So I grabbed the bottle rockets, a coke bottle, a lighter and out the door we went.

We picked a spot in the field just below a hill that looked over Big Grandma's house.

Now the field had been used to grow barley and the barley had already been harvested, so what was left of the barley was a bunch of 2 inch very dry stalks and a whole bunch of very brown and dry leaves and pieces of stalks. The month of August had been particularly dry in this part of North Carolina so we were standing on a field that was pretty much just a bunch of dry kindling.

As we prepared the launching of the bottle rockets, Roger told me to shoot them towards the top of the hill that overlooked Big Grandma's house just in case something might go astray and a fire might get started. Being the expert on pyrotechnics that I was, I assured Roger that no such thing would happen.

"These are all small bottle rockets that will explode well into the air. Nothing is going to land on the field and set it on fire".

Roger foolishly agreed to my advice and let me start shooting off the bottle rockets.

Things went as fine as a smooth bottle of Dewberry Wine, well at first that is. I had 12 bottle rockets and every single one of them shot straight up into the air and exploded at the height of their trajectory and all the sparks went out long before they hit the ground. Once through the twelve bottle rockets I did have one type of rocket left over.

Now this was a really big bottle rocket that was named the Bantam. The Bantam was a good six times the size of the smaller bottle rockets that we had previously launched and was heavy as hell. Roger looked at the thing and asked:

"Have you shot one of those off before? It looks like it could cause some problems on the field".

"No problem", I answered. "I had three and I shot two of them off and everything went just fine".

So I set the Bantam into the Coke bottle and ignited the fuse. After a few seconds the Bantam went off and instead of heading straight up into the air like the previous bottle rockets, this one was so big it tipped the bottle as it ignited causing it to shoot sideways. It gained a height of about ten feet and then flew parallel to the ground for about 70 yards or so. As the rocket started to descend onto the top of the dry barley laden hill, I couldn't help thinking to myself:

"Damn, that is the exact same thing that the other two Bantams did".

The rocket hit the ground and for some odd reason started to explode kind of like the last two except for the fact the last two landed in lush dew covered grass in the wee hours of the morning in the state of Maryland, which wasn't anywhere near as dry as the field we were contending with now.

Something told me as the rocket started spewing out flames that I probably should have thought this through before shooting it off. But, when you have drunk a half case of beer, those things really seem so insignificant

It was at this moment that time seemed to slow down. It must have been no more than half a second before the two of us realized the gravity of the situation and started sprinting like hell toward the little flame on top of the hill.

It seemed like an eternity before we reached the flames which has grown quite significantly and had engulfed a good ten foot wide oval that was heading towards Big Grandma's house due to a breeze that was blowing in that direction.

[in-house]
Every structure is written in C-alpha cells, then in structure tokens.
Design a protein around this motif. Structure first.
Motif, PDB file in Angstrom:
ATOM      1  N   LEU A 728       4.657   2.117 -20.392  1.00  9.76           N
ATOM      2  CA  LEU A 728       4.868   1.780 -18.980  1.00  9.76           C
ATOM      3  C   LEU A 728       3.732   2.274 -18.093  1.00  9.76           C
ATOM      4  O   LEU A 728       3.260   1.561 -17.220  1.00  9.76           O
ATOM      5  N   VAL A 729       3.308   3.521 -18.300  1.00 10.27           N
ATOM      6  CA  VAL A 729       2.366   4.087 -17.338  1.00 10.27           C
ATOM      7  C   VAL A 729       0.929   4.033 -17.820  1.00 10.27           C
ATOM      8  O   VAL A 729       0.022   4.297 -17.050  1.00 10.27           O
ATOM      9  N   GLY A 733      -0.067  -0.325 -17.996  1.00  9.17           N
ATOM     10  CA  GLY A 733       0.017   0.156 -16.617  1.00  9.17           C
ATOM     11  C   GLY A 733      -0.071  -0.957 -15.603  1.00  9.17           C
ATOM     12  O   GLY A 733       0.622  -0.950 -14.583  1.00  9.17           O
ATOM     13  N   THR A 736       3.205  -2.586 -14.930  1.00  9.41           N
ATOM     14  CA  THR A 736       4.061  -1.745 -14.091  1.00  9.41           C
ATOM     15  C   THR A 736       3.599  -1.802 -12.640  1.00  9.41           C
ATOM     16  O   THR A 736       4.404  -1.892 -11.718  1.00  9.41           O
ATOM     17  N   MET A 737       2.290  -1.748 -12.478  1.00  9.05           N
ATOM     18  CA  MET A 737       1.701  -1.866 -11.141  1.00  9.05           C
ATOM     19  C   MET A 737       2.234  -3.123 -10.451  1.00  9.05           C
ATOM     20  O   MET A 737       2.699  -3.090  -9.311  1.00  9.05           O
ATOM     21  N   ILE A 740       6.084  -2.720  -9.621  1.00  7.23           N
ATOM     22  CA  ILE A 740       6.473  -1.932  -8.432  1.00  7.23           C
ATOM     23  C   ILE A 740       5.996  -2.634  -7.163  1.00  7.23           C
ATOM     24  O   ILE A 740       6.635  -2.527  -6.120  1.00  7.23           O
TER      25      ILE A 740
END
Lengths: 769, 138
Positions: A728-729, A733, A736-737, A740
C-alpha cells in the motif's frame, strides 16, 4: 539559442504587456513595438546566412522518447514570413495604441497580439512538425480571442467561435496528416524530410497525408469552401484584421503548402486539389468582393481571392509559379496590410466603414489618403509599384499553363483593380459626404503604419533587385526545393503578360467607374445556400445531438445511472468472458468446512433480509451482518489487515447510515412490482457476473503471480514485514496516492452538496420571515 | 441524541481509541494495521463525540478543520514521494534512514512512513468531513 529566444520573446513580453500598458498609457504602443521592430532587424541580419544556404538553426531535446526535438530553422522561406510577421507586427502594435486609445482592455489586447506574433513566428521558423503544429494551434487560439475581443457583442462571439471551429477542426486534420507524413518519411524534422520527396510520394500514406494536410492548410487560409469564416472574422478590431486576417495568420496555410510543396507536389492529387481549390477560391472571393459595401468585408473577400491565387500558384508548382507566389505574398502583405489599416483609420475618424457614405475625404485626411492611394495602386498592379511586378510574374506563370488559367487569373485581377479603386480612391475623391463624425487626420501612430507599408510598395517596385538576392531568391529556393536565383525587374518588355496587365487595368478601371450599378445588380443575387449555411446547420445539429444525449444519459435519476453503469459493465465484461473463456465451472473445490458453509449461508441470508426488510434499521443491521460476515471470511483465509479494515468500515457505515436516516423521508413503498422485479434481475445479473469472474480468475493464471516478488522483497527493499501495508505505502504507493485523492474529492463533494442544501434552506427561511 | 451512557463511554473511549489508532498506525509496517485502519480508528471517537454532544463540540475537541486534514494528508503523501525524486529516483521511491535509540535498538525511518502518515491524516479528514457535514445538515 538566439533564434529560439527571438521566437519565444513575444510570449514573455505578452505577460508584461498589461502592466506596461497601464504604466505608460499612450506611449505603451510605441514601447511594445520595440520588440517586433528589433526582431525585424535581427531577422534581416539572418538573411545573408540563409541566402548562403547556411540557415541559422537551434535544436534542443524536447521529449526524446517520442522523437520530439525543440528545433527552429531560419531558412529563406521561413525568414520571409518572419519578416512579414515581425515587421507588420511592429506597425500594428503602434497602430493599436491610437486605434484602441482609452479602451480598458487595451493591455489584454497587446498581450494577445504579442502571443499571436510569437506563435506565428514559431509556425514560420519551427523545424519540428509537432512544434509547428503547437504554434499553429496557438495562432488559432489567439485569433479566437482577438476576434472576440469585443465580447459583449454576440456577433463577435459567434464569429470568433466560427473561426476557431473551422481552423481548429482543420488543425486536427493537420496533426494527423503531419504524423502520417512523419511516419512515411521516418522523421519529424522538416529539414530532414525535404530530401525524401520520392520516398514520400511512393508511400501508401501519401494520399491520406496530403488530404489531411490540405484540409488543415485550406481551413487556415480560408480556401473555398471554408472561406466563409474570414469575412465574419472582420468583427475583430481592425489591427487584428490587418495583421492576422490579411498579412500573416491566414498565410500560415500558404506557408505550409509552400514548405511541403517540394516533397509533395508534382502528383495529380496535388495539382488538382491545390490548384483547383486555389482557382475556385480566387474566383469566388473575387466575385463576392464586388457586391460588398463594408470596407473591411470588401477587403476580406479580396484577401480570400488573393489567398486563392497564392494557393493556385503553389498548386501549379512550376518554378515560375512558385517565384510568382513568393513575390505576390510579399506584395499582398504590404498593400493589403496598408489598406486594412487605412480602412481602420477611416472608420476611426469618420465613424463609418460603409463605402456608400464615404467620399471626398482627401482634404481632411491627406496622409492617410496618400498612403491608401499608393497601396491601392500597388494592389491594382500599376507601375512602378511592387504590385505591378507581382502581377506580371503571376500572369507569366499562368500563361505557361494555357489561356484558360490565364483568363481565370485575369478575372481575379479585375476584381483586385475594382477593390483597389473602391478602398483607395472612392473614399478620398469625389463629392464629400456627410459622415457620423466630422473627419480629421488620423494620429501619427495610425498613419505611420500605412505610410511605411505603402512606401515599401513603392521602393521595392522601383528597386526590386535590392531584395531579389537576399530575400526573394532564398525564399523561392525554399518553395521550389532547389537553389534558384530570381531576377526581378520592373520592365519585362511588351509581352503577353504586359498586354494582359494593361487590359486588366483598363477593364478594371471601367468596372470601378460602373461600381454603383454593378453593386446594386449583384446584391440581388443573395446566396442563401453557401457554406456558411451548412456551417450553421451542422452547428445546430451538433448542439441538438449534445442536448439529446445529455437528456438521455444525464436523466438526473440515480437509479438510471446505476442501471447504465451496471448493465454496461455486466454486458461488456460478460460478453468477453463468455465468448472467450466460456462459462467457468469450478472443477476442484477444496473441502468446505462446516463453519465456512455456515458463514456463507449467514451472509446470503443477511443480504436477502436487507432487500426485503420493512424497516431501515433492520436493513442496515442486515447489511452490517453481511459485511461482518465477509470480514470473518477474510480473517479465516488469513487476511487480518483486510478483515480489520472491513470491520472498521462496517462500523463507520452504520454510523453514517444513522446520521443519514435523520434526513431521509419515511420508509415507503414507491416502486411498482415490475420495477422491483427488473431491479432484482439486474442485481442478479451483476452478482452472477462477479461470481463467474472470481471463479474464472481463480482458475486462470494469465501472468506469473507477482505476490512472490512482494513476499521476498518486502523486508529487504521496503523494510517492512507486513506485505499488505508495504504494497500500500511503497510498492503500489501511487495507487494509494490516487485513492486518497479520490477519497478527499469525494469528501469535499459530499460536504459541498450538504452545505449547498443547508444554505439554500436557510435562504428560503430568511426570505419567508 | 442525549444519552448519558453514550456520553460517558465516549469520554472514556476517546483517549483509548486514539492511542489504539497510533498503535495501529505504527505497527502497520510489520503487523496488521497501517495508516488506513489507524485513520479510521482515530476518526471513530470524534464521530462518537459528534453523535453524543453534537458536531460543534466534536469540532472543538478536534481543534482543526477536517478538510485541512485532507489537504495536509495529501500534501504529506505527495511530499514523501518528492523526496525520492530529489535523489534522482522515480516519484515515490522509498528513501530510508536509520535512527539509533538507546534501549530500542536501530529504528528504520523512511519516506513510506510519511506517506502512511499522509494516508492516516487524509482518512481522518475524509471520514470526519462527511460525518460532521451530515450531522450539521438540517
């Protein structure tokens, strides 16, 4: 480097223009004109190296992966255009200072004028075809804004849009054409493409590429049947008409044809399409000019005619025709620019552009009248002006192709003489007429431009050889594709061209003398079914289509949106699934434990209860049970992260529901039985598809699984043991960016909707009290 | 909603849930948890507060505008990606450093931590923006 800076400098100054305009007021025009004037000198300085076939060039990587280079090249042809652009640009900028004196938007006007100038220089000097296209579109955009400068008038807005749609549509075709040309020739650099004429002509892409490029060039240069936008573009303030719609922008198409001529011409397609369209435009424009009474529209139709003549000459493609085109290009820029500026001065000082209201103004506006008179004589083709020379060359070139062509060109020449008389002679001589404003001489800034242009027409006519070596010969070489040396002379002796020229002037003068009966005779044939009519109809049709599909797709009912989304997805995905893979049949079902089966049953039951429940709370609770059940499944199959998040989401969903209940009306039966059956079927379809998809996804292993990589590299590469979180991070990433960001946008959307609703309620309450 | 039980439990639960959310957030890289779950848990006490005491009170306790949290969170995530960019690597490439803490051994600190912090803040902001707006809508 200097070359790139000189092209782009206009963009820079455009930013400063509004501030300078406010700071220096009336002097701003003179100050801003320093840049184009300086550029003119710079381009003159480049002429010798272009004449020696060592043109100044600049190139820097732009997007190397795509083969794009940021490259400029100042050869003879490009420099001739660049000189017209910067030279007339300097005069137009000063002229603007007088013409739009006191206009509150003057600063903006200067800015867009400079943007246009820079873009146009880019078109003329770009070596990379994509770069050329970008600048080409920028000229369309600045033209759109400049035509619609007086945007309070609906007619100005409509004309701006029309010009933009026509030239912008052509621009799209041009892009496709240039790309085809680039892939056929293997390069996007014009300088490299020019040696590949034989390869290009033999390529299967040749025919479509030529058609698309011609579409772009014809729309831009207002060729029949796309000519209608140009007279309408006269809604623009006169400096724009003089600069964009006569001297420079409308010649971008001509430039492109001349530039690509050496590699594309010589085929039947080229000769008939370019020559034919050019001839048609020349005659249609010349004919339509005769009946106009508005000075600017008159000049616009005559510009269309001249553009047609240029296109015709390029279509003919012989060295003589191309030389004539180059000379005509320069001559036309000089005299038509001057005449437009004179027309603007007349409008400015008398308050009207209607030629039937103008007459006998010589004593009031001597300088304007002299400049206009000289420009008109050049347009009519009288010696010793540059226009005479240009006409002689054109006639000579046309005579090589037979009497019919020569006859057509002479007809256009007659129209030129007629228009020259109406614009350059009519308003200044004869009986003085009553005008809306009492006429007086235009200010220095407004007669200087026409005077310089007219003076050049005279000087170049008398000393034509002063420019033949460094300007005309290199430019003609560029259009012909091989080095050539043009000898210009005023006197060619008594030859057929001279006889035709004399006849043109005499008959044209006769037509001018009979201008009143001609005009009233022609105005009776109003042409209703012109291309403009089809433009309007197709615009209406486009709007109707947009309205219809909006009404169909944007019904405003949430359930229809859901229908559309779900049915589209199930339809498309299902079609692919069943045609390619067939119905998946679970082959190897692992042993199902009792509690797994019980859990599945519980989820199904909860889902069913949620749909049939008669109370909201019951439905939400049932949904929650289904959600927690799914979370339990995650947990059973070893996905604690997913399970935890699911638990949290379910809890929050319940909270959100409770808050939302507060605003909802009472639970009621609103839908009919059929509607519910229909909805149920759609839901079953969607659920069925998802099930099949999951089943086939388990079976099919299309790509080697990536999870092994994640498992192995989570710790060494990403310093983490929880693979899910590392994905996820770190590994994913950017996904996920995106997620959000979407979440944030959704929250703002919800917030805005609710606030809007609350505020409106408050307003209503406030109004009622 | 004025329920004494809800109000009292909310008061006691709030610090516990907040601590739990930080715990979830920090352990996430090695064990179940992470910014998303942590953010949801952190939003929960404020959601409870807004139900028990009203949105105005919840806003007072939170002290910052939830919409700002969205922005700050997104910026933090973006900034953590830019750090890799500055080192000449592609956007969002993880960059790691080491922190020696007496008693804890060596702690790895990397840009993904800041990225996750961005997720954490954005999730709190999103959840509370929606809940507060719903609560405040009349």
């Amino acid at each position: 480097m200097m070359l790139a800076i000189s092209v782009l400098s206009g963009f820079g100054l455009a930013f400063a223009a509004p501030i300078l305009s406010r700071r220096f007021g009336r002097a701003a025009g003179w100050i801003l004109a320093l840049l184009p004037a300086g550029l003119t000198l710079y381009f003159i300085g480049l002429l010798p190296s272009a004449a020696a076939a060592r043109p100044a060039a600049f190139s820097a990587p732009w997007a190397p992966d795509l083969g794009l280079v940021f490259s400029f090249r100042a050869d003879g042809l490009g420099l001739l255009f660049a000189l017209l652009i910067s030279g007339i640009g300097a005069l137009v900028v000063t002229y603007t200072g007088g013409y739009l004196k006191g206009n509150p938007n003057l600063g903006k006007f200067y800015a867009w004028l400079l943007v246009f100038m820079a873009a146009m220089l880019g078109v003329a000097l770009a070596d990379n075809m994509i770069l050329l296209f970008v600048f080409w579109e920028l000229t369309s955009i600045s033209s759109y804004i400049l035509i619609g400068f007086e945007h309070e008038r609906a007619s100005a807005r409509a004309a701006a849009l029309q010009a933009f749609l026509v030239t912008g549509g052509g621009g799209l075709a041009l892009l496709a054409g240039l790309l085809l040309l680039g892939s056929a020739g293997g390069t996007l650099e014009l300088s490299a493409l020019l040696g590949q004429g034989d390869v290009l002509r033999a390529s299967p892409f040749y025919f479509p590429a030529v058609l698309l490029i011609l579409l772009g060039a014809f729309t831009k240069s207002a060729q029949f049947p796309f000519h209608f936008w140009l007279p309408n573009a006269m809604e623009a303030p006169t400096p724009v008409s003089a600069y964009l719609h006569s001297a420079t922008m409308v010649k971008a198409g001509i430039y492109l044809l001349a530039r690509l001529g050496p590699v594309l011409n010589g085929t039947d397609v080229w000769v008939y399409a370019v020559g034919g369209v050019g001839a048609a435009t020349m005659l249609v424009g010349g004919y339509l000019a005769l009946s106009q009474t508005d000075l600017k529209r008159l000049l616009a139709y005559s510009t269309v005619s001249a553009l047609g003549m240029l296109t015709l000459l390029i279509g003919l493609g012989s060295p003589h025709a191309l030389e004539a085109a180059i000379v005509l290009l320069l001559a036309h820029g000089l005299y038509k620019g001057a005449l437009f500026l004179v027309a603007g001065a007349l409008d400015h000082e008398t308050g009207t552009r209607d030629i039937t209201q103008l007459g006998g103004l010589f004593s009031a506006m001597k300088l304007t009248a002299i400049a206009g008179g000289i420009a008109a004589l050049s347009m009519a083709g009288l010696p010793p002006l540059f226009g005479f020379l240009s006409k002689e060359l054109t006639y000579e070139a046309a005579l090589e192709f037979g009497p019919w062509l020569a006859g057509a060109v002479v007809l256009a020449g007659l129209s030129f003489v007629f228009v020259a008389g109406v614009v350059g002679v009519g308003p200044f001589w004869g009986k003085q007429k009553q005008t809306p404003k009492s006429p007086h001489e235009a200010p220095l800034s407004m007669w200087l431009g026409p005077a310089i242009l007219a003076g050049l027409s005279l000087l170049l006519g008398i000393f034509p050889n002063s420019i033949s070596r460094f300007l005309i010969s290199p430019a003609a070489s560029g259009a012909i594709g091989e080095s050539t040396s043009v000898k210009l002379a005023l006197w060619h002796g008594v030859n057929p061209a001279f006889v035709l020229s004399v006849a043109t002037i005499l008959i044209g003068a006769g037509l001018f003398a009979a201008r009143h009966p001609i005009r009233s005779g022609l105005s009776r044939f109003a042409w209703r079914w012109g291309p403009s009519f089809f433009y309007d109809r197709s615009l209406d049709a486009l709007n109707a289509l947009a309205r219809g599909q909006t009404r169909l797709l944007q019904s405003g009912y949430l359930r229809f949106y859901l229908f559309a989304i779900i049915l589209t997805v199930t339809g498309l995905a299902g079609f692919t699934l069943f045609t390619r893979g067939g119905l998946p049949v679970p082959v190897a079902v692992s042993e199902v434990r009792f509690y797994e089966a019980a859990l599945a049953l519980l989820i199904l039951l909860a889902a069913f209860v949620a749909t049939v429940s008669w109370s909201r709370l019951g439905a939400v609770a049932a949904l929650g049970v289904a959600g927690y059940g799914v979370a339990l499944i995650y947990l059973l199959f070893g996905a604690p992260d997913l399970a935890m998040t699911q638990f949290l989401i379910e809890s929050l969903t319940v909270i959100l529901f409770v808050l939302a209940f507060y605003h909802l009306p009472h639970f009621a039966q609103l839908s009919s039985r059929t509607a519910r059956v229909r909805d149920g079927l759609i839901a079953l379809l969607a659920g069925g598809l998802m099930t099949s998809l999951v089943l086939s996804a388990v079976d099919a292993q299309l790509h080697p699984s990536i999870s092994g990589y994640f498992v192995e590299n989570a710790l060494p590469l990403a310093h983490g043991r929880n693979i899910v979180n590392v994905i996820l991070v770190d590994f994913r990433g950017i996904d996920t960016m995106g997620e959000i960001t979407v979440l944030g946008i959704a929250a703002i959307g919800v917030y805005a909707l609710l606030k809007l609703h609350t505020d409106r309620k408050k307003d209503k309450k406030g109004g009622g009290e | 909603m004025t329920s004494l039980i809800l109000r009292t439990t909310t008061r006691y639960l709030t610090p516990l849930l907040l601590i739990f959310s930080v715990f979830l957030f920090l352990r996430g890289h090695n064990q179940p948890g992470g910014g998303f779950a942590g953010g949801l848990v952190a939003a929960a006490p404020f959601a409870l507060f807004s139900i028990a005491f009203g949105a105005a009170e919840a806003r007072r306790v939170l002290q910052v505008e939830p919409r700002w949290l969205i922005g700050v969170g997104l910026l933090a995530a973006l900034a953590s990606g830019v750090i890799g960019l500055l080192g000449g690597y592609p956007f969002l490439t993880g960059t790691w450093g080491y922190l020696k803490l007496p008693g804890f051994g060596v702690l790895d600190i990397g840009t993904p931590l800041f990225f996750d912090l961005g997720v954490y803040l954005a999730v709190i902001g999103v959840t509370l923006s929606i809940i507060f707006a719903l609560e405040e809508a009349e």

We both started stomping like a couple of banshees trying to get the flames out before they managed to run down the hill and fry the house and make all of Big Grandma's peach cobbler uneatable.

We seemed to make some progress in the beginning until the breeze kicked up a notch and started pushing the flames at a pace down the hill that we had trouble keeping up with. In a mere few seconds we both stopped and realized we were at a crises point. If we did not get the fire under control within the next few seconds, the farm and the house were going to be toast, not to mention the two of us.

Various thoughts of our options spiraled through both our minds, but the one we took was a last desperate attempt to get the fire under control. So we just started running about the edges of the fire stomping like mad.

During the stomping, I just couldn't help thinking to myself:

"I wonder if this is how hell got started".

We finally did manage to get the fire under control and stomp it out.

Afterwards, as we stood with our hands on our knees and sucking air, both of us looked at each other for a few moments and it was Roger who spoke first.

"You know for a minute there I was ready to make a break for the house and call the fire department".

"Yeah", I answered. "For a minute there I was going to make a break for the car and head to the Virginia border".

"Why is that?"

"Hell, we are in North Carolina and I hear that they are not partial at all to arsonists".

To cover our misdoings we got some leftover barley from the barn and scattered it over the burned out area so no one would know the better.

Needless to say, we did secure another case of beer to help steady our nerves.

To this day, I always wanted to know what it would have looked like for someone driving down that lonely road that went by the farm while we were crazily stomping around that hill putting out the fire. For all I know, someone may have driven by and stopped and watched for a moment or two.

What would they have thought?

Being that we were in the Bible belt I can only imagine that it must have looked like some satanic ritual. Maybe if someone saw it, they would have declared they saw the devil and that it was a sign. A sign that they should spend a hell of a lot more time in church and try leading a more productive life, unlike the lives that Roger and I had been leading.

If that was the case, then I guess we can be credited for at least saving one soul.

The story above is a satire or parody. It is entirely fictitious.